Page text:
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Gram-Negative Bacterial Envelope Homeostasis under Oxidative and Nitrosative Stress

Abstract : Bacteria are frequently exposed to endogenous and exogenous reactive oxygen and nitrogen species which can damage various biomolecules such as DNA, lipids, and proteins. High concentrations of these molecules can induce oxidative and nitrosative stresses in the cell. Reactive oxygen and nitrogen species are notably used as a tool by prokaryotes and eukaryotes to eradicate concurrent species or to protect themselves against pathogens. The main example is mammalian macrophages that liberate high quantities of reactive species to kill internalized bacterial pathogens. As a result, resistance to these stresses is determinant for the survival of bacteria, both in the environment and in a host. The first bacterial component in contact with exogenous molecules is the envelope. In Gram-negative bacteria, this envelope is composed of two membranes and a layer of peptidoglycan lodged between them. Several mechanisms protecting against oxidative and nitrosative stresses are present in the envelope, highlighting the importance for the cell to deal with reactive species in this compartment. This review aims to provide a comprehensive view of the challenges posed by oxidative and nitrosative stresses to the Gram-negative bacterial envelope and the mechanisms put in place in this compartment to prevent and repair the damages they can cause.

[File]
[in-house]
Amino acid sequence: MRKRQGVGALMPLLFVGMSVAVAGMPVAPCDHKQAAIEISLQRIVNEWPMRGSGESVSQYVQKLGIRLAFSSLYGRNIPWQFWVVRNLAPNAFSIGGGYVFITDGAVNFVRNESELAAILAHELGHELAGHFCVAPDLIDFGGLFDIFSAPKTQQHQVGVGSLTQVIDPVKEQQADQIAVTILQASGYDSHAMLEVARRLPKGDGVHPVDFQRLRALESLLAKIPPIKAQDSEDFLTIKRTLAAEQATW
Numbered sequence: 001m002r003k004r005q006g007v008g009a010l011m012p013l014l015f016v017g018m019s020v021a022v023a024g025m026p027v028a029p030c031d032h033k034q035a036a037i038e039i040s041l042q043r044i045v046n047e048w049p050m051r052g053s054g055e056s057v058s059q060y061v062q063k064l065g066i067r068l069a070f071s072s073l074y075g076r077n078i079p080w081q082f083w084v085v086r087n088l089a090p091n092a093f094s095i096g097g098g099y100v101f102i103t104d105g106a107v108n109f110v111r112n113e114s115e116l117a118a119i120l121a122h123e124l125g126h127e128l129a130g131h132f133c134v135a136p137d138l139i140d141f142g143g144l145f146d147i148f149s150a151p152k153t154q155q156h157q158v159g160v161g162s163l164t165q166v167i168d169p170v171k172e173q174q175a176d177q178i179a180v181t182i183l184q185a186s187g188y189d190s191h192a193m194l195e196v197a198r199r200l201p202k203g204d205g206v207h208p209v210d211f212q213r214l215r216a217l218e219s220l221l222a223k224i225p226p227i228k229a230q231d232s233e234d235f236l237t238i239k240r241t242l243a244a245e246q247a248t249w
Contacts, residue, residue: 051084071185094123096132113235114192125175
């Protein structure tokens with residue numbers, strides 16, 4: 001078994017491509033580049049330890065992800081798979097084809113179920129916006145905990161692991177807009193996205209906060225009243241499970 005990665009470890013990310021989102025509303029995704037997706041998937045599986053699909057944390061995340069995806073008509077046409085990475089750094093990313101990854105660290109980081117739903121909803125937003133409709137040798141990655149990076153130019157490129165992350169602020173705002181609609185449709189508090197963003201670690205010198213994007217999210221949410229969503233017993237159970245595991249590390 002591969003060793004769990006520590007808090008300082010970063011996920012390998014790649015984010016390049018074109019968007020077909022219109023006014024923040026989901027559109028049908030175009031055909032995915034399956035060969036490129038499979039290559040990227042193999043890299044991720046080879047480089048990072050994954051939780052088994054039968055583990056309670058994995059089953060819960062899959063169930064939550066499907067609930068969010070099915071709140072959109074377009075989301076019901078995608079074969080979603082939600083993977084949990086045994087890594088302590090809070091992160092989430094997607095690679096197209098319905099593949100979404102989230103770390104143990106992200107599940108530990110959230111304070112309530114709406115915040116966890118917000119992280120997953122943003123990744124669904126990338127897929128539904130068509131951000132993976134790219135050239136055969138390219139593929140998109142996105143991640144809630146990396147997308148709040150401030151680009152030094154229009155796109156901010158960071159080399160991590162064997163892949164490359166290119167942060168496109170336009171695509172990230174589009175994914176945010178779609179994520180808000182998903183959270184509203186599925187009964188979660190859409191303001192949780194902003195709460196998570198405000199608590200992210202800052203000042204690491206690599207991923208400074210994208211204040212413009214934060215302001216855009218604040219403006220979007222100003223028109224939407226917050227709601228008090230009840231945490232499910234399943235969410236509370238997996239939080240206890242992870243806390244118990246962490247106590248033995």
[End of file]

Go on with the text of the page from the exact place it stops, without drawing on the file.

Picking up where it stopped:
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Submitted on : Wednesday, May 25, 2022 - 3:07:41 PM
Last modification on : Thursday, May 26, 2022 - 3:52:49 AM

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Thibault Chautrand, Djouhar Souak, Sylvie Chevalier, Cécile Duclairoir-Poc. Gram-Negative Bacterial Envelope Homeostasis under Oxidative and Nitrosative Stress. Microorganisms, MDPI, 2022, 10 (5), pp.924. ⟨10.3390/microorganisms10050924⟩. ⟨hal-03678714⟩



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